We continue our ‘history of upholstery’ series with blogpost 3 below, which covers ‘Queen Anne’ style furniture and the development of the cabriole leg.

Queen Anne style furniture is a term which describes a style developed from the mid-1720s until the 1760s (during the early Georgian period), even though Queen Anne herself ruled from 1702-1714. It was influenced by the contemporary style of furniture from the Netherlands, is considered a simpler style from what had been in fashion previously, with the curved cabriole leg (see right) being the most recognisable feature of the Queen Anne style. It was also during this period/era that the precursor to the modern ‘drop in’ chair first appeared.

A cabriole leg is shaped in 2 curves, the upper curve being convex (curved outward) and the lower curve being concave (curved inward). The shape of the leg was based on the shape of animal legs, and Queen Anne style furniture often featured cabriole legs with a thinner ankle and a simple pad-style foot. If carvings are to be found on cabriole legs from this period, it’s often at the top of the leg, and will likely be a shell-motif carving. Similar types of motifs are to be found on chair backs/frames as well as legs, namely shell/scallop-shaped carvings and scrolls. Towards the end of the Early Georgian period (1714-1760), the backs of chairs became shorter and more varied in outline, and whilst the cabriole leg persisted, the ‘ball-and-claw’ foot replaced the earlier round, Dutch-inspired version.

Furniture from this period was often smaller, lighter and surprisingly, more comfortable than its predecessors, in part due to the increasingly developed skillsets of upholsterers of the era, with cushioned seats and wing-back armchairs becoming increasingly popular. The growth in social gatherings necessitated the need for small, moveable furniture, like the Queen Anne style / splat-back chair, sometimes called the fiddleback chair as the splat resembles the outline of a violin (see photo right – notice the shell carving at the top of the chair back), the back of which is curved in order to fit the curvature of the spine. The same social gatherings meant demand for 2-seater settees and 3-seater couches/sofas which further increased the demands for the upholsterer during the middle-to-late 18th century.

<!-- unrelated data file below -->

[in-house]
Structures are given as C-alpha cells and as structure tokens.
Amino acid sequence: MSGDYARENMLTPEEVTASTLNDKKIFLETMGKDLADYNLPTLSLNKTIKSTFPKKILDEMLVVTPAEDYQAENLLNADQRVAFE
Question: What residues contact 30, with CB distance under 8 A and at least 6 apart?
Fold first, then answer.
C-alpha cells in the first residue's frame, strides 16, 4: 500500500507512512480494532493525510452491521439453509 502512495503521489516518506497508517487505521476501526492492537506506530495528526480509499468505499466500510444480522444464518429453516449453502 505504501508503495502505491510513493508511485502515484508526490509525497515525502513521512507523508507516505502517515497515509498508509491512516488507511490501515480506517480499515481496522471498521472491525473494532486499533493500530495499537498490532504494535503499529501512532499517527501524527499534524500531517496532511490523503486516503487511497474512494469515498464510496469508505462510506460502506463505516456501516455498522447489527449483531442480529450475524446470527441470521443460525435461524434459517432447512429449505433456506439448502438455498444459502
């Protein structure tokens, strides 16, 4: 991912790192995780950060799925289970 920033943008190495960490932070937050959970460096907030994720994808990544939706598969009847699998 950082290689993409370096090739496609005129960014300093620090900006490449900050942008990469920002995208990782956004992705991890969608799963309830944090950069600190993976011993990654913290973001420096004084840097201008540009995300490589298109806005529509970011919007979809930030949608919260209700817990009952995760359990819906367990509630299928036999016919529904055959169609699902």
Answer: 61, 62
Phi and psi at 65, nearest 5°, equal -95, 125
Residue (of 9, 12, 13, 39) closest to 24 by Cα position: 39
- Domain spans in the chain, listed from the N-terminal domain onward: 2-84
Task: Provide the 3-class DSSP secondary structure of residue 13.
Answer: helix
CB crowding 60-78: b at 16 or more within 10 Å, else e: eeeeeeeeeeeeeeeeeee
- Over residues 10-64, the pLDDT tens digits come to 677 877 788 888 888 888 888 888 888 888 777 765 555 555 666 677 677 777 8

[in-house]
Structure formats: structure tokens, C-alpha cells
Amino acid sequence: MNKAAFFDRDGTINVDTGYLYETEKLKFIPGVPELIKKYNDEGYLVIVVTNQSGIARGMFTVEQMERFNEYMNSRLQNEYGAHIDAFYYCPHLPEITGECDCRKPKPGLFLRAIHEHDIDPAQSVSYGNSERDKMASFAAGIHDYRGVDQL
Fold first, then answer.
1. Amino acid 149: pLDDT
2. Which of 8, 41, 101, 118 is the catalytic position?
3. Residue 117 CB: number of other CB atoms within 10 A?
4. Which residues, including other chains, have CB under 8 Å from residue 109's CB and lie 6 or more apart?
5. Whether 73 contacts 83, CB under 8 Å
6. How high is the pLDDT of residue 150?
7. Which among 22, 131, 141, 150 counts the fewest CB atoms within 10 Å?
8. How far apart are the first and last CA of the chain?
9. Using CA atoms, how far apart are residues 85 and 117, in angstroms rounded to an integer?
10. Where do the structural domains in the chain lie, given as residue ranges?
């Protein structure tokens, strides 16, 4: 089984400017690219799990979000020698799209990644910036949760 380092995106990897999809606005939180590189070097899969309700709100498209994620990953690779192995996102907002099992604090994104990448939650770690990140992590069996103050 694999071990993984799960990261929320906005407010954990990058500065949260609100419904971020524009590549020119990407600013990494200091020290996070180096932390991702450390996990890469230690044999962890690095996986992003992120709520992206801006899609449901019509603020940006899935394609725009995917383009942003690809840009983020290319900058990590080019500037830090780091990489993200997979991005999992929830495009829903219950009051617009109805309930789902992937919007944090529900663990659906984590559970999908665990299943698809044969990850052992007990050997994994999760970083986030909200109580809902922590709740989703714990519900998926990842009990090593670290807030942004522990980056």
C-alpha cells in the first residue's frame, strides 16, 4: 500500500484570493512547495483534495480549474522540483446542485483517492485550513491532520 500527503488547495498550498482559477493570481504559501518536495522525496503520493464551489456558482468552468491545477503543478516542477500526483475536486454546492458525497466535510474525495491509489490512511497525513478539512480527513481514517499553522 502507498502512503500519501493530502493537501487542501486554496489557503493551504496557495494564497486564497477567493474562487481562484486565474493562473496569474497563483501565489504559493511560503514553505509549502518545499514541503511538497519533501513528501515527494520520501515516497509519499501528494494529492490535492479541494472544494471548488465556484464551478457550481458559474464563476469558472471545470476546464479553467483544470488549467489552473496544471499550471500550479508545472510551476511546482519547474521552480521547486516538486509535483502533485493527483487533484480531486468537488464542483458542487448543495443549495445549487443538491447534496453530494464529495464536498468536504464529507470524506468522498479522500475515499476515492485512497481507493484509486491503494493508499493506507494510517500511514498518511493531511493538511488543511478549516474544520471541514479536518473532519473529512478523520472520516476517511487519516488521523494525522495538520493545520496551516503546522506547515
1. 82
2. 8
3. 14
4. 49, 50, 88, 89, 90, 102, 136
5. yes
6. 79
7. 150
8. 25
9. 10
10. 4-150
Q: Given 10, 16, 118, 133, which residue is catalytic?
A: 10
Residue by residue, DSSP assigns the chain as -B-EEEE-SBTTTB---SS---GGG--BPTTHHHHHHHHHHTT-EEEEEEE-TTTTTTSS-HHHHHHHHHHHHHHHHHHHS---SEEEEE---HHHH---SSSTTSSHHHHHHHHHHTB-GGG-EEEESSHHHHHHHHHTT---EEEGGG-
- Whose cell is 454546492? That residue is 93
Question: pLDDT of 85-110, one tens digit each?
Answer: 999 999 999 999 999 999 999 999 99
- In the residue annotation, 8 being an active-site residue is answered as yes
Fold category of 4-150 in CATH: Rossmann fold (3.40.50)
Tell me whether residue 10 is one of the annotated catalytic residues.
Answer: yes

Although most furniture produced during the Early Georgian period (1714-1760) was made using walnut, the British Parliament removed import duties on timber from the colonies in 1721, stimulating the import trade in Mahogany. By the middle of the century, and towards the end of the Early Georgian period, mahogany had become the most popular wood used in furniture-making.

Mahogany became popular among furniture makers due to it being extremely strong, durable and having close-grained wood (well suited to experimenting on). The timber is less prone to infestation, doesn’t crack, scratch or warp, and doesn’t require varnishing. It’s dark red colour is also suited the design temperament of the early Georgian period.

Whilst Palladian revivalism promoted by William Kent as an “acceptable English response” to continental Europe’s baroque-style excess showed a brief return to heavy, ornate, gilted furniture in the Early Georgian period, although upholstered furniture of this style was available (see picture at top of next page), Palladian revivalism was to find its popularity in architecture and large pieces of furniture in dining and entertaining/state rooms in large country homes, which did not need to be moved quickly or easily as upholstered furniture might.

It’s during this period that a wider choice of textiles were used by upholsterers, as fabrics made of silk damasks, patterned velvets, printed cotton or embroidered crewelwork became more widely available. This gave upholsterers many more options when creating furniture, and it was during the latter part of the 18th century that furniture-making in Britain truly flourished.

Wing-back chairs (known as Easy Chairs at this time) became very popular during this era, with scroll arms, high-crested backs and loose/squab seat cushions. This distinctive style of chair has become synonymous with this period.